The Birmingham (Smith & Nephew, Richards) total HSR was the first to get FDA approval in the US based on an unprecedented FDA decision to approve this implant on the basis of single (developing) surgeon’s foreign data. Cormet 2000 ( Corin Ltd., Stryker) total HSR was the first to be approved based on the usual mechanism of a US run Multi-center FDA study( approval 7/2007, I was the lead investigator). Therefore, there are now 2 implants available in the US that have an FDA indication for total HSR.

The Recap/Magnum (Biomet), Conserve Plus (Wright Medical) and APR (Depuy) are all also FDA approved implants in the USA. They may be legally used by any surgeon for the purpose of total Hip Surface Replacement. (The FDA does not regulate how surgeons may use approved implants.) However, the implant companies may not promote them as total HSR devices. (The FDA does regulate how implant companies may market approved implants.)
Approximately 20 different companies sell total HSR implants on the worldwide market, including all of those mentioned above.

A specific use of an implant (or drug) that is approved by the FDA is termed an FDA approved indication. As soon as a company has received one indication for use of their implant (or drug), the implant (or drug) is FDA approved. The use of this same implant (or drug) for a purpose other than for the approved indication is termed an off–label use. Off-label use is legal. In fact, much of American medical practice involves off-label use of drugs and implants. It would be impossible for the FDA to regulate doctors’ practice in every situation. Actually the Supreme Court has expressly stated that this is not the FDA role (see Rehnquist opinion).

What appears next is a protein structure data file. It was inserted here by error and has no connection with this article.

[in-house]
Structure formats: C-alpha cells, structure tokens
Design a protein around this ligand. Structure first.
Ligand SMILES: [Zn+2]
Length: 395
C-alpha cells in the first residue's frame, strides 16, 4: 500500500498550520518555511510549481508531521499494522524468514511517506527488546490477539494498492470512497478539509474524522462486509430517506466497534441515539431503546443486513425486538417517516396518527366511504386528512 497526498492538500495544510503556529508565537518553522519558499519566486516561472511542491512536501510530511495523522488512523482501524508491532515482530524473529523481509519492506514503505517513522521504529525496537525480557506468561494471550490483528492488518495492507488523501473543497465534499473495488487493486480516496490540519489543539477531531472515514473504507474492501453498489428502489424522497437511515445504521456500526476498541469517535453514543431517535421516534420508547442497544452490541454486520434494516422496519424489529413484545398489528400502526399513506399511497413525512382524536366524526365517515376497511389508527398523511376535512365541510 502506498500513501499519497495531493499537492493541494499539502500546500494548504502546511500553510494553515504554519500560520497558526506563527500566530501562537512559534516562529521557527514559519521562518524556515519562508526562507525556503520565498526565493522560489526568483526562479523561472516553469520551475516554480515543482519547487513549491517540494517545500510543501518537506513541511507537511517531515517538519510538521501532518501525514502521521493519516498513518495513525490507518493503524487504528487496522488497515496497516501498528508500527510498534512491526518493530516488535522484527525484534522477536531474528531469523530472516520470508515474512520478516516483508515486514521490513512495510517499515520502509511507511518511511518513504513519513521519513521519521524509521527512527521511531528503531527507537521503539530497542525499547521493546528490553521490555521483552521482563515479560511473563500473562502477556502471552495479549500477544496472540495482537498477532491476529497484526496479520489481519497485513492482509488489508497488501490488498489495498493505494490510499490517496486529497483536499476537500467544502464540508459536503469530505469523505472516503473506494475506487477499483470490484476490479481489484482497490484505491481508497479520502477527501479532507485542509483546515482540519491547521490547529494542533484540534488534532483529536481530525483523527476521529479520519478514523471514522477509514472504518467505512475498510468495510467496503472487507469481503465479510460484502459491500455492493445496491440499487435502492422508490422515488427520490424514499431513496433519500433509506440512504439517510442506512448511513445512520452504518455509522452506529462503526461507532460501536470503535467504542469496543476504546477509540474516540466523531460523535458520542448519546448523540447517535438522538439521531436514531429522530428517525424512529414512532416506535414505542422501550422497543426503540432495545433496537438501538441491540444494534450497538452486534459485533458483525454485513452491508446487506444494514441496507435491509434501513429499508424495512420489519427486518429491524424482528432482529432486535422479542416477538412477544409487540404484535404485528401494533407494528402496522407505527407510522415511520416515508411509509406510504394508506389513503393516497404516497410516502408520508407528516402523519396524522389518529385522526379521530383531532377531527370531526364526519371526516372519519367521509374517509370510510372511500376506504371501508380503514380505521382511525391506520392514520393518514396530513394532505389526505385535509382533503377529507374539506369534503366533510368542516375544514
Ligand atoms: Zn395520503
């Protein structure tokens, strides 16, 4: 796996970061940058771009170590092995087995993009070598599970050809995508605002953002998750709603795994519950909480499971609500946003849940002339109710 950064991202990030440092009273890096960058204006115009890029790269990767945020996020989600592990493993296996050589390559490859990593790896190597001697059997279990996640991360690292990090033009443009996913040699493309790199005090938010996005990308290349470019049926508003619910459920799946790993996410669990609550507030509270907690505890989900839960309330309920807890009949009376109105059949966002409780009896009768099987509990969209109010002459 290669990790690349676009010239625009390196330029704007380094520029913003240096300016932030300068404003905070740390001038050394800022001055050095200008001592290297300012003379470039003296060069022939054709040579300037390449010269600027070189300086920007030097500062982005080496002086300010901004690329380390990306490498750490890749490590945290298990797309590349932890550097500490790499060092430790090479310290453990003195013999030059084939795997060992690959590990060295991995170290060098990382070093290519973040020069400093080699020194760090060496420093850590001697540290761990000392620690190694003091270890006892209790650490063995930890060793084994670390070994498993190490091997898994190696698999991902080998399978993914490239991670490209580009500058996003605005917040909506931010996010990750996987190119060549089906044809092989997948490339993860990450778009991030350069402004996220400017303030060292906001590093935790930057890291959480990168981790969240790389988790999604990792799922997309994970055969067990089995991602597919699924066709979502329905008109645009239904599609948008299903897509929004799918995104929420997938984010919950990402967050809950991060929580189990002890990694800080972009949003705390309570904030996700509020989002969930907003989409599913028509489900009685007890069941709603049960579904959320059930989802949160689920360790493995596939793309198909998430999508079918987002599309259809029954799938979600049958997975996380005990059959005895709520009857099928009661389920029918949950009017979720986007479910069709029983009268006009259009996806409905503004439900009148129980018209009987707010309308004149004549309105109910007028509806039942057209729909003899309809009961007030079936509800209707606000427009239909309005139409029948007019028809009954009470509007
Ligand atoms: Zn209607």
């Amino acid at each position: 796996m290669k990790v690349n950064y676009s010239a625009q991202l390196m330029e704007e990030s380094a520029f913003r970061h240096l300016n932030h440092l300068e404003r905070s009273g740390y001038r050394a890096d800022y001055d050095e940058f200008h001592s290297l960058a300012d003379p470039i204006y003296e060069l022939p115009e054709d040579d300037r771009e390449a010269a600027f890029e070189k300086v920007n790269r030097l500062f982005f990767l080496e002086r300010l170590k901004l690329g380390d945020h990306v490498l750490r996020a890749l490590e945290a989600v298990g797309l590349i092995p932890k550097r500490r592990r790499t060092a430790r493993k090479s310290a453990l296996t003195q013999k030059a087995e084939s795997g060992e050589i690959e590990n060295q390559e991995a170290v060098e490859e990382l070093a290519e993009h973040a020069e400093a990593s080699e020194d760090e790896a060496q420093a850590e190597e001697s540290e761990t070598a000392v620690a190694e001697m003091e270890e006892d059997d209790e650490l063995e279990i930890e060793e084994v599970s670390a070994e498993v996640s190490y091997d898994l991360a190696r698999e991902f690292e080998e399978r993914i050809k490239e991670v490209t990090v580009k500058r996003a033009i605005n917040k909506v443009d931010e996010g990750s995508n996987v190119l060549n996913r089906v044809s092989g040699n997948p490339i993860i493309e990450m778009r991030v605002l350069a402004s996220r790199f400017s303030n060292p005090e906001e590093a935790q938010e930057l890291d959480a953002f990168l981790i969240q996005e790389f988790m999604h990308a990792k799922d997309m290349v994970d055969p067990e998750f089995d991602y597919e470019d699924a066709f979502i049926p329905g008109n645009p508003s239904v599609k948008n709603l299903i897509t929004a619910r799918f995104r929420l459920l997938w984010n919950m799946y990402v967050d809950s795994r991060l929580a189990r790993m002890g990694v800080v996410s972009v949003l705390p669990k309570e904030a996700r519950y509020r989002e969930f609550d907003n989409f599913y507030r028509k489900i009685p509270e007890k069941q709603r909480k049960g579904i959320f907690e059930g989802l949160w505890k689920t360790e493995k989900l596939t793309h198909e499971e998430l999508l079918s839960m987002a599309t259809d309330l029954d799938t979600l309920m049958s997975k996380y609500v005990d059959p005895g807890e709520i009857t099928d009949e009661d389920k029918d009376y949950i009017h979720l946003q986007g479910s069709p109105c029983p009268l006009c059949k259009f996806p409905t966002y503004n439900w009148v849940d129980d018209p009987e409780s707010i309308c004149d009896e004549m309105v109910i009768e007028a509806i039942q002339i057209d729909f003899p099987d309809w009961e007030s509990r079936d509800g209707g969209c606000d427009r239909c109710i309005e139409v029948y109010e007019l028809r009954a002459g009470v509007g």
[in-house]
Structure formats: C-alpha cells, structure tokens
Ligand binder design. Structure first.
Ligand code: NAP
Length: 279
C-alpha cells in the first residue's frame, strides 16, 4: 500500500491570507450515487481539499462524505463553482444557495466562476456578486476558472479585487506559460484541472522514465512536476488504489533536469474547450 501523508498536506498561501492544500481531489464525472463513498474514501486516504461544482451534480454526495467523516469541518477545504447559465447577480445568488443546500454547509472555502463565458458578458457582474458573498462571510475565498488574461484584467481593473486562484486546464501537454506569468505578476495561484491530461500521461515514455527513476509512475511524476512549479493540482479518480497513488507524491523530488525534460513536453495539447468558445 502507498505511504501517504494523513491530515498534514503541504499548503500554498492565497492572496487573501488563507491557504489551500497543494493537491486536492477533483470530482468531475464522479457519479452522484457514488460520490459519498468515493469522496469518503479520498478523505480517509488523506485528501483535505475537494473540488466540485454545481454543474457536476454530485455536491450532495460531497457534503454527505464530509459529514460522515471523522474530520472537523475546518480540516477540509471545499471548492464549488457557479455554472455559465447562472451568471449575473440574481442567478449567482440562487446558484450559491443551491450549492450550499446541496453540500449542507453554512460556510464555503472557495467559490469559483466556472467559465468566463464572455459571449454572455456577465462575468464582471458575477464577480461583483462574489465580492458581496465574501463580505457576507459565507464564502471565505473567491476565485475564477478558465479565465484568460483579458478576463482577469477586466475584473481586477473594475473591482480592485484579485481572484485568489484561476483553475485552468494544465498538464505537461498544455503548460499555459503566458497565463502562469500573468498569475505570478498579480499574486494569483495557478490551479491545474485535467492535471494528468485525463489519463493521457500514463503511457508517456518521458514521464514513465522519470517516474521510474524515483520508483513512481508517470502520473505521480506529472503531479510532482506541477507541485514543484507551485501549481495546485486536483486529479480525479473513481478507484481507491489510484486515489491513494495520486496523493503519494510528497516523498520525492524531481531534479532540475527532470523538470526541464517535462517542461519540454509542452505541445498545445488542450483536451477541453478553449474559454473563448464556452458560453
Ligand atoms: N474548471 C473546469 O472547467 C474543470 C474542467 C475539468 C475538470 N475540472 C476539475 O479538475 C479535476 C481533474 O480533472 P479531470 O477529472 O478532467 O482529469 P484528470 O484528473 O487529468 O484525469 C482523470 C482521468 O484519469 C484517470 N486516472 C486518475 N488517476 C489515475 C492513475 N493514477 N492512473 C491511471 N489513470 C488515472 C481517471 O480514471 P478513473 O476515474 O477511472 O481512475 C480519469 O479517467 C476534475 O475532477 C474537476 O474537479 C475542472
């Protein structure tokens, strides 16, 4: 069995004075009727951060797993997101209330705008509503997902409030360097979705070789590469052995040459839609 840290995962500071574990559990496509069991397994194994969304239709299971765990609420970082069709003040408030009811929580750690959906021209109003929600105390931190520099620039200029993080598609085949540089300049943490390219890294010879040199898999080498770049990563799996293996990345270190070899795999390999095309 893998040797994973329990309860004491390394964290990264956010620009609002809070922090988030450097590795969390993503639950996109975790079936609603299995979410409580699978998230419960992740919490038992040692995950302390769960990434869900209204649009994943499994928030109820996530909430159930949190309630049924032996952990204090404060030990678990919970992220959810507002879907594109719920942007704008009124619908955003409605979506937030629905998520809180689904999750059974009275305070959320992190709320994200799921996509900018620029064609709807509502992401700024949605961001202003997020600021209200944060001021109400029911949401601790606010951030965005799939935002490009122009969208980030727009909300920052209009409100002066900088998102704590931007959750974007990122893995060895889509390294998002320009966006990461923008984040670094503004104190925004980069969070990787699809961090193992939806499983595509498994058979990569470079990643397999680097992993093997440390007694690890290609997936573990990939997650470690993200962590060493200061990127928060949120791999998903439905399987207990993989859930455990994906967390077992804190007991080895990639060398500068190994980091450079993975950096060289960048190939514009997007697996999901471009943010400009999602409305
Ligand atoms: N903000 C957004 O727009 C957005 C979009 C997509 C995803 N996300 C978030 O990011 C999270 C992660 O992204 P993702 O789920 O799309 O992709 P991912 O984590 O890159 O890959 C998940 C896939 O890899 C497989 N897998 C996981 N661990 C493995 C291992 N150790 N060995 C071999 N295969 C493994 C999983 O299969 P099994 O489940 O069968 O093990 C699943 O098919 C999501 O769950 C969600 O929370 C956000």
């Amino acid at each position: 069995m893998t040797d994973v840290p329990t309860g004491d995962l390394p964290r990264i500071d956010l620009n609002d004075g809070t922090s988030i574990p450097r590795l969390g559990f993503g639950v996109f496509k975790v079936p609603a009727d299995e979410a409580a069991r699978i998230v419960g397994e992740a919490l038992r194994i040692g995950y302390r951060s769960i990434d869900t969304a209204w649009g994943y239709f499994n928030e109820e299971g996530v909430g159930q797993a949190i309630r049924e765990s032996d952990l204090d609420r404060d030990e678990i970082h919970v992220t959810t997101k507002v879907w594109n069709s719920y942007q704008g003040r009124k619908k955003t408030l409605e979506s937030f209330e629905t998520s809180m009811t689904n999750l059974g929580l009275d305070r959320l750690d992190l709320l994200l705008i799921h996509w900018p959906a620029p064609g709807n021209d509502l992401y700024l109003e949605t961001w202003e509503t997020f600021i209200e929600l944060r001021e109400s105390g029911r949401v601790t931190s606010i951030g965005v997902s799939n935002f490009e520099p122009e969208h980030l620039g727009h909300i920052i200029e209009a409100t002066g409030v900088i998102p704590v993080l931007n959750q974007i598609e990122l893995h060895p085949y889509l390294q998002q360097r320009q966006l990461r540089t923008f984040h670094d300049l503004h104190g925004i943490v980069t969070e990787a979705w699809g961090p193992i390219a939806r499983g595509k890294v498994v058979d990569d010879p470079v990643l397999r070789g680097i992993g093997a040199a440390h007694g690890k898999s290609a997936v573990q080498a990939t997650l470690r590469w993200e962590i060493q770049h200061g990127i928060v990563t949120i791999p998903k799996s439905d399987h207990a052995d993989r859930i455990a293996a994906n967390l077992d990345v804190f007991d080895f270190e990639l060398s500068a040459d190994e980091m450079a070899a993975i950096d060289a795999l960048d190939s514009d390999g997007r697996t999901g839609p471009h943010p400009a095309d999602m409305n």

Many insurance companies do have contract clauses that deny payment for “experimental” treatment. How to define what is experimental is very controversial. However, “experimental” is something altogether different than off-label use of implants and drugs.

Therefore, an insurance company would be treading on thin ice if they were to use FDA indications as a basis to deny payment.